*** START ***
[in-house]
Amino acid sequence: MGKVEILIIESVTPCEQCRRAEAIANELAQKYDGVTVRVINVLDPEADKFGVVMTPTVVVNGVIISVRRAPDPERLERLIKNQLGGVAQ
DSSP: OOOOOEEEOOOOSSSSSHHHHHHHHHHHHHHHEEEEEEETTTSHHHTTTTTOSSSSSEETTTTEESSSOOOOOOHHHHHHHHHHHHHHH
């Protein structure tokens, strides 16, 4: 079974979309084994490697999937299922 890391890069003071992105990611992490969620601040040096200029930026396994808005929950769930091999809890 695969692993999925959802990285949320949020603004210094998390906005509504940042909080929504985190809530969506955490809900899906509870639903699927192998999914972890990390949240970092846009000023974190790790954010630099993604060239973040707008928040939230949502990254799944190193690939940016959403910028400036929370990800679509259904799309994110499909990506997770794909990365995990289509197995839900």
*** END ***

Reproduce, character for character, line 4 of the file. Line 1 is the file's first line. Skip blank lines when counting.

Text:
């Protein structure tokens, strides 16, 4: 079974979309084994490697999937299922 890391890069003071992105990611992490969620601040040096200029930026396994808005929950769930091999809890 695969692993999925959802990285949320949020603004210094998390906005509504940042909080929504985190809530969506955490809900899906509870639903699927192998999914972890990390949240970092846009000023974190790790954010630099993604060239973040707008928040939230949502990254799944190193690939940016959403910028400036929370990800679509259904799309994110499909990506997770794909990365995990289509197995839900």